But it isn’t only about sex is it? How many teen dramas or films get the portrayal of a healthy romantic relationship right. With Twilight as an example, Samantha says, “Twilight, took the world by storm but did nothing to help portray healthy romantic relationships. It was a big let down since it had the potential to help an entire generation deal with complicated adult sexual relationships. Instead, it showcased a needy boy, who didn’t respect boundaries, a male friend believed in this “friend zone” phenomena and the main female character was just not respected or honoured the way she deserved and Hollywood served it up on a silver platter. A true opportunity missed.”
Female Masturbation and Female Desire Exist
Self-pleasure isn’t a common practise for many women mainly because female desire is a topic that remains highly unexplored. Separating male gaze from intimate scenes involving women is an issue that hasn’t been tackled well by entertainment industry but in some rare cases, such as Phoebe Waller-Bridge’s Fleabag, a woman opening up about her sex life with such candidness seems to be a step forward. In Friends, when Monica mistakes Chandler to be ‘giving himself a treat’ while watching a shark channel, she tries to get intimate with him the next time by getting him a shark film to watch. Turn the tables, Waller-Bridge’s Fleabag gets caught masturbating to an Obama speech while her boyfriend is asleep and his reaction? Packs his bags and leaves. Men are not accustomed to the idea of females pleasuring themselves and somehow take female masturbation as a potshot at their ‘ability to satisfy a woman’.
Yet another telling TV moment on the importance of self-pleasure in women is 13 Reasons Why where a sexual abuse survivor finally takes control of her body again and rebuilds her broken self-image by pleasuring herself. It’s a powerful moment because we finally let sexual abuse survivors realise, they are not to be defined by their horrific experiences and that their body needs the same kind of love and care like any other.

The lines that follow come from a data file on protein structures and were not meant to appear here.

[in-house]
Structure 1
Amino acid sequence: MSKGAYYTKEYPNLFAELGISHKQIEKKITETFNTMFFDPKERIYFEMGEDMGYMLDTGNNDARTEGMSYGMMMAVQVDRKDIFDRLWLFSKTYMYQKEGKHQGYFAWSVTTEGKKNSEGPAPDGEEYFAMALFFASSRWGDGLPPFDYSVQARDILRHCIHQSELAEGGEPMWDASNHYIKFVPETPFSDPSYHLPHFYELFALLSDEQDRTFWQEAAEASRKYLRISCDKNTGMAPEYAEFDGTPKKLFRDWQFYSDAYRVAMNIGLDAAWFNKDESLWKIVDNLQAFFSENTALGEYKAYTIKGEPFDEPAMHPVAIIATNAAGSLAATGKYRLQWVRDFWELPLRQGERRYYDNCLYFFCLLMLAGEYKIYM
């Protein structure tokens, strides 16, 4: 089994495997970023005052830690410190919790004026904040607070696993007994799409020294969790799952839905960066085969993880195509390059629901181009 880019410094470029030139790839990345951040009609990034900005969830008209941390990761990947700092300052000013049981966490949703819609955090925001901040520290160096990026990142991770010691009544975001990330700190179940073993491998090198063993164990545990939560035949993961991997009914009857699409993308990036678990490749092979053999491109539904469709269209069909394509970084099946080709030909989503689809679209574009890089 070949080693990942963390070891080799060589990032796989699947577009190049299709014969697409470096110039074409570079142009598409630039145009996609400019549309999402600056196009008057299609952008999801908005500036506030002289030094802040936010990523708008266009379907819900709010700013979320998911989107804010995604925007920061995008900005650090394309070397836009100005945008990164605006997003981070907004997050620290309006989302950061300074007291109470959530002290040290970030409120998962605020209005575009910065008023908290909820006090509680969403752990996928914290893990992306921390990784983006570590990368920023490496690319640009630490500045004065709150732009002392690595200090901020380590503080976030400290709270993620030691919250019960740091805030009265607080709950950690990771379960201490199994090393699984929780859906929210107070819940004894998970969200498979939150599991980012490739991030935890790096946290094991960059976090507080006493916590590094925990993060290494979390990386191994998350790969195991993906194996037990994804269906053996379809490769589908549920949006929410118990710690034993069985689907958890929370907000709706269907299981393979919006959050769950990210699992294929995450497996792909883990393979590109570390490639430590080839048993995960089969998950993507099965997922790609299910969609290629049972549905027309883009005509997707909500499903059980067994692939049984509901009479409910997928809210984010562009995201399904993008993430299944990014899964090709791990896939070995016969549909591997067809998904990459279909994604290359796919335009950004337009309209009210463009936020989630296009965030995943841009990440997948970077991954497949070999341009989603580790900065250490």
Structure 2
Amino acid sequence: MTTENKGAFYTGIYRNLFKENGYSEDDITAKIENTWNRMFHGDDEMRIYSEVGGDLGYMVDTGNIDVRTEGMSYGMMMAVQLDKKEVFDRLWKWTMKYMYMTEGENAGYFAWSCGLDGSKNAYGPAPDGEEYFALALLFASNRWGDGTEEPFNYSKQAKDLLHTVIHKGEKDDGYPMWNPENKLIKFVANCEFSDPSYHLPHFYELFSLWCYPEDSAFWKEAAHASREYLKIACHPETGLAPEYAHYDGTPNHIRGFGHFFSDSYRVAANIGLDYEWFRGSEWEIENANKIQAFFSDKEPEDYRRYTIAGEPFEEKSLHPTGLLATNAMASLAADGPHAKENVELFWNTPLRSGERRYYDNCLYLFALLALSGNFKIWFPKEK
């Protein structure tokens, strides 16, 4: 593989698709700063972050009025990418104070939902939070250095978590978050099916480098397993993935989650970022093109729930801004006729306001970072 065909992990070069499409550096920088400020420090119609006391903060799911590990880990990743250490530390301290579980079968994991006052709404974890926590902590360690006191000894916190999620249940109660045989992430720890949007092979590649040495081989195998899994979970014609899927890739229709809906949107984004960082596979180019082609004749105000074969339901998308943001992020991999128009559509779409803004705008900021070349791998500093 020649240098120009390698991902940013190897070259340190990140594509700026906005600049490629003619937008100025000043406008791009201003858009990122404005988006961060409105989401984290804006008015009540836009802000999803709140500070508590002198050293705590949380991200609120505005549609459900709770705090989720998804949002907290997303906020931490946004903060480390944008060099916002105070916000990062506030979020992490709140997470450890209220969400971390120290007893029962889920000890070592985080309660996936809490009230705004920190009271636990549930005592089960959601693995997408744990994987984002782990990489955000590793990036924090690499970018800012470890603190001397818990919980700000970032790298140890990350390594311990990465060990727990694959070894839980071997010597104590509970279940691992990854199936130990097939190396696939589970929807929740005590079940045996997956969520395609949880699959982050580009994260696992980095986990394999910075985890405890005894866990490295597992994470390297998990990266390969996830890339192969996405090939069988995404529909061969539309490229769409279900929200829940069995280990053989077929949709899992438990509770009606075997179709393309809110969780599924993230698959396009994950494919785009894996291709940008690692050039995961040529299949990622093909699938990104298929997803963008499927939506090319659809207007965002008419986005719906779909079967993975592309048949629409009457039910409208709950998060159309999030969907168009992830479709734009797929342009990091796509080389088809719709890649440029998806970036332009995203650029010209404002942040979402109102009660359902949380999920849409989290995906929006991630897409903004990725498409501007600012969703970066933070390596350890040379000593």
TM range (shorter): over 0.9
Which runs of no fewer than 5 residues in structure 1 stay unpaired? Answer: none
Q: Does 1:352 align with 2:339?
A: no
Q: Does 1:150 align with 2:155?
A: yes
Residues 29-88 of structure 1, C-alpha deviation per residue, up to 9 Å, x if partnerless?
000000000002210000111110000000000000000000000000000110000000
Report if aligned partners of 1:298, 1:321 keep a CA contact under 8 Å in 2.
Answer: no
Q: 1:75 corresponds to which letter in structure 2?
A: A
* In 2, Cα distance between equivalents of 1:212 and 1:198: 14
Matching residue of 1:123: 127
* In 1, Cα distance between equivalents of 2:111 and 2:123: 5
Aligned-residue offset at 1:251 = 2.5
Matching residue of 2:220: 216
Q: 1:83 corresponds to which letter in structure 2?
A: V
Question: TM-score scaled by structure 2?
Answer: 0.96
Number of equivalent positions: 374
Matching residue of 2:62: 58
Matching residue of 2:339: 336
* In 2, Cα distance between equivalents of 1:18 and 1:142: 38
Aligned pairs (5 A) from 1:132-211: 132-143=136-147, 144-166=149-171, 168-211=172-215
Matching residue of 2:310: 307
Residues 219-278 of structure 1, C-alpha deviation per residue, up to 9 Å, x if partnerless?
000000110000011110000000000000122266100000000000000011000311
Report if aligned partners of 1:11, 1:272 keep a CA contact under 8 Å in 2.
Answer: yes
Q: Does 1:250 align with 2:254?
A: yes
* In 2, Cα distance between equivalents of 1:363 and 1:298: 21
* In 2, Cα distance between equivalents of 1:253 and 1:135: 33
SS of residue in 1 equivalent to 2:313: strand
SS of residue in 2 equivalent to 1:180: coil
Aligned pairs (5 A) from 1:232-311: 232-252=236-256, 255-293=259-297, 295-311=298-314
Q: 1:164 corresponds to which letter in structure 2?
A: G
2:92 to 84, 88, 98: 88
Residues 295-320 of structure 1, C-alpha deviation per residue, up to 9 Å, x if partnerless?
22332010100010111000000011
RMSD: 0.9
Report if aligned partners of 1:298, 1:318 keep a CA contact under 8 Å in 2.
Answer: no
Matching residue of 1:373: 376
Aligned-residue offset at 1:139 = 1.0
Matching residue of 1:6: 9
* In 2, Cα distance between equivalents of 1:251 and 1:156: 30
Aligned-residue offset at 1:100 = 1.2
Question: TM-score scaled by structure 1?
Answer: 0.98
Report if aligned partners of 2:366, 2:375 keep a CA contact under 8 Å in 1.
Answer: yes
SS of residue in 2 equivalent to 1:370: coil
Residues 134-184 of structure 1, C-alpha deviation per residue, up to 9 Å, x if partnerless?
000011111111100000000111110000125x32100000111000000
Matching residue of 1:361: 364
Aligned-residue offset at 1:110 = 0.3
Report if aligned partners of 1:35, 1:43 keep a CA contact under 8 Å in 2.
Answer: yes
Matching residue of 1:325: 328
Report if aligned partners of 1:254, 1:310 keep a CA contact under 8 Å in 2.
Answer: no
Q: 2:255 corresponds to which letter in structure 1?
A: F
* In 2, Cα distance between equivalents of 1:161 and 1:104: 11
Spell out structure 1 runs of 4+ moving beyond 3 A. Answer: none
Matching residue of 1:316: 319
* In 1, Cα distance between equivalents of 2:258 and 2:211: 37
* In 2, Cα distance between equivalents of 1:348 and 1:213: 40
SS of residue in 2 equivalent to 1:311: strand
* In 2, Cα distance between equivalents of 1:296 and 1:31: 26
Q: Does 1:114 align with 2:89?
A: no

Lack of an open dialogue surrounding female desire has resulted in women being unaware of what they want or like. It’s like when Sex Education’s Aimee (Aimee Lou Wood) says, “No one’s ever asked me that before” when asked about what she would want to do with her partner. A consensual sexual relationship isn’t only about agreeing to explore each other sexually but also about discussing one another’s desires and sometimes you may not be on the same page when it comes to them. After Marianne’s character in Normal People starts gravitating towards BDSM, at one point, she asks Conell, “Will you hit me?” Silence prevails for some time and Conell then starts pulling away from her. “No,” he says. “I don’t think I want that. Sorry.”
Lack Of Dialogue About Queer Sexual Relationships
Every teen (queer or not) needs a lesson on sex education though it has been widely observed that sexual issues relating to LGBTQIA communities, rarely make it to the curriculum, thus leaving several teenagers with confused ideas sex. Luckily, Sex Education did take the mantle of making sure there’s as much attention they can provide to the show’s LGBTQIA characters as its straight protagonist Otis and hence we got an entire episode on what is “douching”. Not just this, it is evidently brought to everyone’s attention how ignored the subject of sex among the LGBT community is when a character raises a question during their mandatory sex-ed class about the type of lubricant they would suggest for anal sex and the importance of wearing a condom if it hampers the experience of pleasure. While these questions do find their answers in the show, how many sex-ed classes, in reality, take the onus of preparing for them and have helpful answers to them?
With shows like Sex Education, Normal People going the extra mile to make a statement on the realities of intimacy and sex in diverse relationships, it seems like there’s an effort being taken to change the narrative of sex on-screen. There’s no denying that these nudity-filled shows rule out a chunk of the family-viewing audience but thanks to digital mediums making personalised viewing the new norm, this content is likely to hit the right target audience help clarify key concepts that sadly, no sex education curriculum around the world or Google can safely provide.